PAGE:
Amadeus at The Paramount
The Paramount Theater in downtown Charlottesville screened the London National Theater production of Peter Shaffer’s Amadeus on Thursday, February 2nd. I had the chance during winter break to see this production in person while in London for a J-term course and jumped at the opportunity to see it again. Of the eight wonderful plays I saw on the West End, Amadeus stands out as a particularly spectacular and thought-provoking production.
Lucian Msamati plays the character of Antonio Salieri, a court composer in Vienna who fears his prominence is overshadowed of Mozart’s incredible musical prowess. The play depicts Salieri slowly and deliberately driving Wolfgang Amadeus Mozart to destitution and, as Salieri claims, death. He delivers an emotional, heart-wrenching interpretation of Salieri as a man struggling to understand his relationship to Mozart, to music, to mediocrity, and to God. Writer Peter Shaffer, who died in June, personally chose Msamati to play his iconic character.
This production of Amadeus also incorporates elements of modern life into the play’s late 18th century setting. Instead of using pre-recorded music, live musicians in modern dress play their instruments onstage. In the beginning of the play, the musicians use their phones to spread the rumor that Salieri murdered Mozart, enabling a relationship from the current generation to Classical-era Vienna. The choice to include live musicians in the play grounds the production in a sense of realism – the musicians perform live as Mozart conducts, bringing his music to life. They interact with the other characters during the performance, and although they wear modern clothes, they blend seamlessly with the 18th century surroundings and characters.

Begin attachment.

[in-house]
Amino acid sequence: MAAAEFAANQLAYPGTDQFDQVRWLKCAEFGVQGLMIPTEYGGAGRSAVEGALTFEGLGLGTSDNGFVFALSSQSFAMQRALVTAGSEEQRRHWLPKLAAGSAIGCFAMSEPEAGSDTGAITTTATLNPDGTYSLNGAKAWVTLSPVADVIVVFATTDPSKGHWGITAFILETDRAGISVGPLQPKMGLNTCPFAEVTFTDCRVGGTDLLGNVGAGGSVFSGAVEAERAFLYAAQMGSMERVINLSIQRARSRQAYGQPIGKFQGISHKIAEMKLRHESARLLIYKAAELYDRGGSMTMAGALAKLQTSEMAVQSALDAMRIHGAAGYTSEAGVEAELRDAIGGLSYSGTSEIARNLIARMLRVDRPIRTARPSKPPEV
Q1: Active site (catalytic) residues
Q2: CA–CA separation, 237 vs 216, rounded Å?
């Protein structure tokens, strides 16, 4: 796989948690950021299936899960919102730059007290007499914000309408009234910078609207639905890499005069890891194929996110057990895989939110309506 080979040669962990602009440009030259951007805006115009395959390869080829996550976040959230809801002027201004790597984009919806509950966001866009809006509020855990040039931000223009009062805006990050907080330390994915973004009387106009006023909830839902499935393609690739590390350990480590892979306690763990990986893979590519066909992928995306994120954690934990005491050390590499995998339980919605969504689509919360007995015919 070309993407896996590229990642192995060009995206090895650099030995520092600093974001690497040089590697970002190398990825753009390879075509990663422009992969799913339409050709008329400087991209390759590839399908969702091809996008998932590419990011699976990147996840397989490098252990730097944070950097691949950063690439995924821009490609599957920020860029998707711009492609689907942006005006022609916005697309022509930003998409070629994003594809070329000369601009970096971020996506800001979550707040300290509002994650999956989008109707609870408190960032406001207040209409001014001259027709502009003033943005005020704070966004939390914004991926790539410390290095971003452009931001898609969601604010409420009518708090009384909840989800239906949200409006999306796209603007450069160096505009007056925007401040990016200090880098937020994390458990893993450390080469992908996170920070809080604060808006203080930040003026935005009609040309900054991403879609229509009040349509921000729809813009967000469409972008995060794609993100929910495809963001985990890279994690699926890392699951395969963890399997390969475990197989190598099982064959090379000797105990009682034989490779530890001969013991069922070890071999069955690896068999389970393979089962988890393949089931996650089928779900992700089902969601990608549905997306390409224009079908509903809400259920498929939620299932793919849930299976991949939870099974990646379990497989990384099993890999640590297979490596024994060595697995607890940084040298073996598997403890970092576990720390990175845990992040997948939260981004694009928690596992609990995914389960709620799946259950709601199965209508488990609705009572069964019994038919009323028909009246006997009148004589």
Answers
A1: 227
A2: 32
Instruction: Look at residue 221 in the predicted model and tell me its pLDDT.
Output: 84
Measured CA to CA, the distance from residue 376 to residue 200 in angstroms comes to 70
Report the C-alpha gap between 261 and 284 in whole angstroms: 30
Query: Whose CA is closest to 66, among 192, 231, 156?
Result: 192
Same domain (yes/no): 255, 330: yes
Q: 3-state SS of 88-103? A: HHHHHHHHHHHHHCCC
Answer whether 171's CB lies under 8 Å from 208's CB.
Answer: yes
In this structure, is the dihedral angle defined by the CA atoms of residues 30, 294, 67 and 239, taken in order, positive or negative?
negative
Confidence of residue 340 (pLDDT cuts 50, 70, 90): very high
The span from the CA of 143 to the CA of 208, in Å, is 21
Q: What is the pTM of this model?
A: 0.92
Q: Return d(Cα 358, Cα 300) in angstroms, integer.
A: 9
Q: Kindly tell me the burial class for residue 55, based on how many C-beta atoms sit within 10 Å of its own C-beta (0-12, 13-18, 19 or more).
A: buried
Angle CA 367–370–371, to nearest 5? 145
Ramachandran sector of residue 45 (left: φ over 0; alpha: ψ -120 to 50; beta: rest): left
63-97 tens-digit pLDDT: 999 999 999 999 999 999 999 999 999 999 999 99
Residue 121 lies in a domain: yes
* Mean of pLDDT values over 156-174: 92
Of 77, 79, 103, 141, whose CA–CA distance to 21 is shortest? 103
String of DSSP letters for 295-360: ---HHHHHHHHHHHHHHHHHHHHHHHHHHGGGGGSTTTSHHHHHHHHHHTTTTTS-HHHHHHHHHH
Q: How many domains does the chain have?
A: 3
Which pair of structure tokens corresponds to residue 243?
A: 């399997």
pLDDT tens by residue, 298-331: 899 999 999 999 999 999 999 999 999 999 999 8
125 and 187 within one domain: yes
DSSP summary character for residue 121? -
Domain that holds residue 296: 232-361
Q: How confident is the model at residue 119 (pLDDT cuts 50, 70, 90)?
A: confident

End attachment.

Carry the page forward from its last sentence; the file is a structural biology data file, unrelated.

Modern musicians playing Mozart’s music faithfully emphasizes the main point of tension that Salieri struggles with throughout the play – that although Salieri ruined Mozart’s reputation and drove him to poverty, Mozart’s legacy will live on. His music will be cherished and continually played throughout the ages.
Adam Gillen’s portrayal of Mozart echoes this theme. His interpretation of Mozart starkly contrasts Msamati’s Salieri. Where Salieri is solemn and composed, Mozart is exuberant and inappropriate in a way that feels out of place with the play’s pomp 18th century setting: He mocks other musicians to their faces, makes fart noises, and speaks in childish rhymes.
Throughout the play, the eminent composer wears brightly colored, garish coats, and pastel pink Doc Martins. It’s truly a thing to behold. However, despite Gillen’s at times over-the-top childishness, he delivers a performance of Mozart that transforms during the play from mildly irritating to utterly heartbreaking.
Gillen and Msamati’s characters both spiral into a kind of madness by the end of the play – their opposition contrasts and complements each man’s descent. The play comes to its natural conclusion – the two men grasping desperately at each other, Mozart seeking comfort and Salieri seeking absolution, which neither will get from one another. The orchestration of the beautifully upsetting Lacrimosa signals Mozart’s death, and the haunting conclusion of the play.
We are left in awe and in tears. The actors and musicians breathed life into the story in a way that only theater can. The broadcast at The Paramount was extremely well done, making the viewer feel as if they were truly there watching Lucian Msamati’s masterful performance of Salieri. I urge everyone to watch this play, it is a performance of epic proportion worth experiencing. A second broadcast of Amadeus will be screened at the Paramount on February 25th.
Chris Naulty is a fourth-year who watches plays using binoculars